Parents often want to shield their child from any hardships in life, especially divorce. Both parents and children go through a lot of emotional stages when the parents divorce, which can sometimes cloud a parent’s judgement. For this reason, when it comes to making time-sharing schedules in Florida courts will focus not on the parents’ best interests but on the “best interests of the child.”
What is the “best interests of the child” standard?
The basic standard for child custody decisions in Florida is the “best interests of the child.” The child’s interests will be prioritized when developing a time-sharing schedule (that is, the time each parent has the child in their physical custody) or modifying a time-sharing schedule. The aim is to ensure that the child’s needs are always being met post-divorce in a way that allows the child to have an appropriate and meaningful relationship with both parents.
How do courts determine what is in the best interests of the child?
Courts in Florida will consider a variety of factors when determining what is in the child’s best interests. Courts may consider each parent’s ability and willingness to encourage the child to have a close relationship with the other parent. Each party’s willingness to abide by the established time-sharing schedule and to be reasonable if it needs to be modified may also be considered. Whether a parent will have to regularly delegate some parental responsibilities to a third party, such as a baby-sitter, will also be considered.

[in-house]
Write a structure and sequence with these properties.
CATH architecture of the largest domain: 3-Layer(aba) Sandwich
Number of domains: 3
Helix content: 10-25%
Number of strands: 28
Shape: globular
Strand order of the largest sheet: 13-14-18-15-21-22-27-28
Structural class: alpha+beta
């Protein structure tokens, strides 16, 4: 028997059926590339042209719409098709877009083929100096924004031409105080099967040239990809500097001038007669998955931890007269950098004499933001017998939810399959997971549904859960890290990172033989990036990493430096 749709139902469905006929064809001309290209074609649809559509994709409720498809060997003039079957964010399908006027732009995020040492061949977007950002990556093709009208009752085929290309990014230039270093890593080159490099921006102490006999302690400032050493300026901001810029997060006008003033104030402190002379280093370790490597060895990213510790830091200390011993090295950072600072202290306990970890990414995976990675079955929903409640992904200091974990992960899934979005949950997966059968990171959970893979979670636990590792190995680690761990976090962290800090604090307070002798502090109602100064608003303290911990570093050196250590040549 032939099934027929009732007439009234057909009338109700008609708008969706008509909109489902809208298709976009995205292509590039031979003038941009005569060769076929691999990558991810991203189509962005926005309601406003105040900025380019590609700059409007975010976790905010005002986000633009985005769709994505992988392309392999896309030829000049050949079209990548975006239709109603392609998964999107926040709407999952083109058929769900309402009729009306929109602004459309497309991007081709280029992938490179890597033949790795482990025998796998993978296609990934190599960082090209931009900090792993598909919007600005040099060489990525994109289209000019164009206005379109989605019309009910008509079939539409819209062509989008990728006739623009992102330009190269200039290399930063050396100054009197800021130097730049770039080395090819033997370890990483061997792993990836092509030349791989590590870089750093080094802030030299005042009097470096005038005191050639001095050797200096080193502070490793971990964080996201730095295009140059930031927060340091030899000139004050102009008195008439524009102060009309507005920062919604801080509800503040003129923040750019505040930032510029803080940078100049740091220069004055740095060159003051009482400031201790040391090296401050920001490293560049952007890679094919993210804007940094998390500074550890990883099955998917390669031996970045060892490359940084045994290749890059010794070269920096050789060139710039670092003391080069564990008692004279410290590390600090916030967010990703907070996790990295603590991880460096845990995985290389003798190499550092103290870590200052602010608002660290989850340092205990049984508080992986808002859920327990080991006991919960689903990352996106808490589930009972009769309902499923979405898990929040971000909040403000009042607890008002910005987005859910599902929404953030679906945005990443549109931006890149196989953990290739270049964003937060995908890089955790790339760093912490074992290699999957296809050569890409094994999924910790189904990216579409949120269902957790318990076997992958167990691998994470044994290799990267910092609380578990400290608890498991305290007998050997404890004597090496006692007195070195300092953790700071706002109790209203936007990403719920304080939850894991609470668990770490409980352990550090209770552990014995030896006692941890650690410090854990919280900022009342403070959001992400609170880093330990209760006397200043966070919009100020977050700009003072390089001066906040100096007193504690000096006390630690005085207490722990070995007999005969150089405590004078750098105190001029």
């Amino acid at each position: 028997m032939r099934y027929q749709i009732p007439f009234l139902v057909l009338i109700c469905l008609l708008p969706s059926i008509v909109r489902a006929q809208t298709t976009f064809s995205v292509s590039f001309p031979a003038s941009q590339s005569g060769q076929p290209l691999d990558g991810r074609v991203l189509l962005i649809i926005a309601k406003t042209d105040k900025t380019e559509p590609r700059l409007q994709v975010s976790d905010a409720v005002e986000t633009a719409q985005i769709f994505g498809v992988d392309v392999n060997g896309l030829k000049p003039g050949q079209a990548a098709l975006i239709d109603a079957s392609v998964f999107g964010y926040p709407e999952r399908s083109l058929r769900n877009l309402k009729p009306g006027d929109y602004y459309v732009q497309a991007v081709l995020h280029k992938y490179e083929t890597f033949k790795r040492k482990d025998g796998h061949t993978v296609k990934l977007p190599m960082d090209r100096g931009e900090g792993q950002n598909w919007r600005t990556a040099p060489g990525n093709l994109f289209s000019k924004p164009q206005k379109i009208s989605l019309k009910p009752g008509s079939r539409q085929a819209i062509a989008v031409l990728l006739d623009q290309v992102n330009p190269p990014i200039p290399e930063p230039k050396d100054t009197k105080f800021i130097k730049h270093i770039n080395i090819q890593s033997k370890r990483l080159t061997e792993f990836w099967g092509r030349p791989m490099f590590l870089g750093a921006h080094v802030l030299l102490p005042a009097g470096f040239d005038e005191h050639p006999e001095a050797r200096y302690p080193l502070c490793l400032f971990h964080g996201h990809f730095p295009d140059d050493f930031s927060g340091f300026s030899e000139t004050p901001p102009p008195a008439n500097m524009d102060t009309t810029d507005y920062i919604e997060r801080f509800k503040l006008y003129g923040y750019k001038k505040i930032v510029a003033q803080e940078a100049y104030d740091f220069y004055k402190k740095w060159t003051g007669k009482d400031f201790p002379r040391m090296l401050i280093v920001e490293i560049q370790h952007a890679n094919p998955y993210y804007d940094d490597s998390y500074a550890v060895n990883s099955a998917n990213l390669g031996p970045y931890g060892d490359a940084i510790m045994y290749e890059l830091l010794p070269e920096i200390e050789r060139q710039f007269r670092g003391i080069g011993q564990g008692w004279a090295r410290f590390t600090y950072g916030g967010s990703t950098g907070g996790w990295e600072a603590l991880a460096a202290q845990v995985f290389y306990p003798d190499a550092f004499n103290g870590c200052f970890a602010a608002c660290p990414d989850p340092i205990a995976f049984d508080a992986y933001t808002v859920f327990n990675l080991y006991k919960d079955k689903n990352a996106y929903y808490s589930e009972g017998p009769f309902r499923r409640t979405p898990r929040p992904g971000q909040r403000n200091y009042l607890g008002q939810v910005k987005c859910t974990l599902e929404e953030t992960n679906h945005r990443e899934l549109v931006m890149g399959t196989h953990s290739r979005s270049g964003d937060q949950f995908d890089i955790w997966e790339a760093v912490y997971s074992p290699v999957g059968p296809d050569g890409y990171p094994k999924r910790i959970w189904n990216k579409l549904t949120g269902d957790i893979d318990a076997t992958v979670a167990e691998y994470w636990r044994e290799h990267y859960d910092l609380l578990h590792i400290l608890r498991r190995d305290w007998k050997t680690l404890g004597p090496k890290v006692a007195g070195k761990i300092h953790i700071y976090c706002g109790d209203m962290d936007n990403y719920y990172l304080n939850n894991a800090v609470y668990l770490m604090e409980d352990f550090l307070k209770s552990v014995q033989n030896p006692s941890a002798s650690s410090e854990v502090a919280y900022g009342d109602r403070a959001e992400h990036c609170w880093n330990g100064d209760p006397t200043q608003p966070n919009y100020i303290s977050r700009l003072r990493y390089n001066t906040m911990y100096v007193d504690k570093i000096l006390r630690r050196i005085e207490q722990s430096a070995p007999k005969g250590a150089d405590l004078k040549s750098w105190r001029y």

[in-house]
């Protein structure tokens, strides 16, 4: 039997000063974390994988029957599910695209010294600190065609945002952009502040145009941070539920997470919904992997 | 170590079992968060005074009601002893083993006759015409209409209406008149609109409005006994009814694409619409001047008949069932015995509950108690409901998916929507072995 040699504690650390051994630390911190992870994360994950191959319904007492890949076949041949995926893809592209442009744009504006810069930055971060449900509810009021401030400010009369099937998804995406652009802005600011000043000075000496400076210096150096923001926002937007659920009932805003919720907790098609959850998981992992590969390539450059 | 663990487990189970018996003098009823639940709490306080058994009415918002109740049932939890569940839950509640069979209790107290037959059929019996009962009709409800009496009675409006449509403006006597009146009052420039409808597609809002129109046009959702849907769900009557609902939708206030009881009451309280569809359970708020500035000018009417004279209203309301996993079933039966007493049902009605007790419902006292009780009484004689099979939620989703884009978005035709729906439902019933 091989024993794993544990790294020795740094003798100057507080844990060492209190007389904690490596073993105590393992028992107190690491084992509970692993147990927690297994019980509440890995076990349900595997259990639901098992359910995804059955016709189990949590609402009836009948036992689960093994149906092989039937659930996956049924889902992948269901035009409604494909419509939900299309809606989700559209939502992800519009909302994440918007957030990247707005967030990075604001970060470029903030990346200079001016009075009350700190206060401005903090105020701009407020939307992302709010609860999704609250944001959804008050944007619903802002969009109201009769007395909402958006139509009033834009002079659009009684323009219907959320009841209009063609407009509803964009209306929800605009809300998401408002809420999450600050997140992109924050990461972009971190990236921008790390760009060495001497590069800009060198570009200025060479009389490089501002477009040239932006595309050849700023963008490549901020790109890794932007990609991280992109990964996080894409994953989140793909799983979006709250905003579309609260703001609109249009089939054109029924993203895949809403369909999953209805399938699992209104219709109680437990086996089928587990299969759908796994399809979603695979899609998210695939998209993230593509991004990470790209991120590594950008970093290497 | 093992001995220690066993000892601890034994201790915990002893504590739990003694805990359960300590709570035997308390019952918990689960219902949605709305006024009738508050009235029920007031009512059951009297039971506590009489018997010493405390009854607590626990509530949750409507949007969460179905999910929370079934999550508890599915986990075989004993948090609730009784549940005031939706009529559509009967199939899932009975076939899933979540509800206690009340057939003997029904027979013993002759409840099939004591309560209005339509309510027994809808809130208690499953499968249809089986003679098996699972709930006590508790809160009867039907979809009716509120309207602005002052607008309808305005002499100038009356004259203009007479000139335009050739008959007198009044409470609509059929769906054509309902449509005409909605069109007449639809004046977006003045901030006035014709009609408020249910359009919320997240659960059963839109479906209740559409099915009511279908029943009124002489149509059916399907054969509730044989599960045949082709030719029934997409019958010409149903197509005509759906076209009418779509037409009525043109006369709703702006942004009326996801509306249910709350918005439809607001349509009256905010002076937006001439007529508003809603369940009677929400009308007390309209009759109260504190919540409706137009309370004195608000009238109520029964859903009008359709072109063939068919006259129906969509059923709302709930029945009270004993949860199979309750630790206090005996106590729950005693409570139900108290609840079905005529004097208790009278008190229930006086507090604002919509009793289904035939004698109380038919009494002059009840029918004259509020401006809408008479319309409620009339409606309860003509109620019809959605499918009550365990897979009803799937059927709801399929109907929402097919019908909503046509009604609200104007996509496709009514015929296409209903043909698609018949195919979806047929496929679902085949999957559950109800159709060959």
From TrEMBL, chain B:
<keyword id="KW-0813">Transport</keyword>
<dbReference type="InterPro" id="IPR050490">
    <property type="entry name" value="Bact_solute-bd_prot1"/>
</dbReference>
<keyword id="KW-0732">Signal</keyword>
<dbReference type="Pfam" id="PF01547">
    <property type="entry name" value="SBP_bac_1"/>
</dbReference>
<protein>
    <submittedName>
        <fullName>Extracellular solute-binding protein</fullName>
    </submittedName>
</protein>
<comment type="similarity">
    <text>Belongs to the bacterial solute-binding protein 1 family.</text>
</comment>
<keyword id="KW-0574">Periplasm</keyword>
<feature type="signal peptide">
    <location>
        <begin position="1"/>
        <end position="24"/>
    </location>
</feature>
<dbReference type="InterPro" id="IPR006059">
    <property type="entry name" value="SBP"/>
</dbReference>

How far apart the parents live from one another and how much time the child has to spend going from one house to the other to stay in line with the parenting plan may be considered. Each parent’s moral fitness will be considered as will their health. The child’s establishment in their home, school and community may be considered. Courts may consider the child’s wishes. Whether domestic violence is an issue may also be considered.
The division of parental responsibilities as customarily undertaken in the past may be considered. Each parent’s ability and willingness to be involved in the child’s education and extracurricular activities may be considered. Each parent’s willingness and ability to keep the other parent informed of important parts of the child’s life, such as who the child’s friends are, the child’s daily activities and the child’s favorite things may be considered. Courts may also consider each parent’s willingness and ability to provide the child with a consistent routine, schedule and discipline. Finally, the child’s developmental stage and needs may be considered.
The child’s needs must come first
Ultimately, when parents in Florida divorce the child’s needs must be prioritized. Divorce can be difficult for parents and children, especially if the children witness many arguments leading up to the divorce. Children need stability and love following a divorce. This means, absent abuse or neglect, a child needs to have a meaningful relationship with both parents. Time-sharing schedules must reflect this, to help the child grow and thrive post-divorce.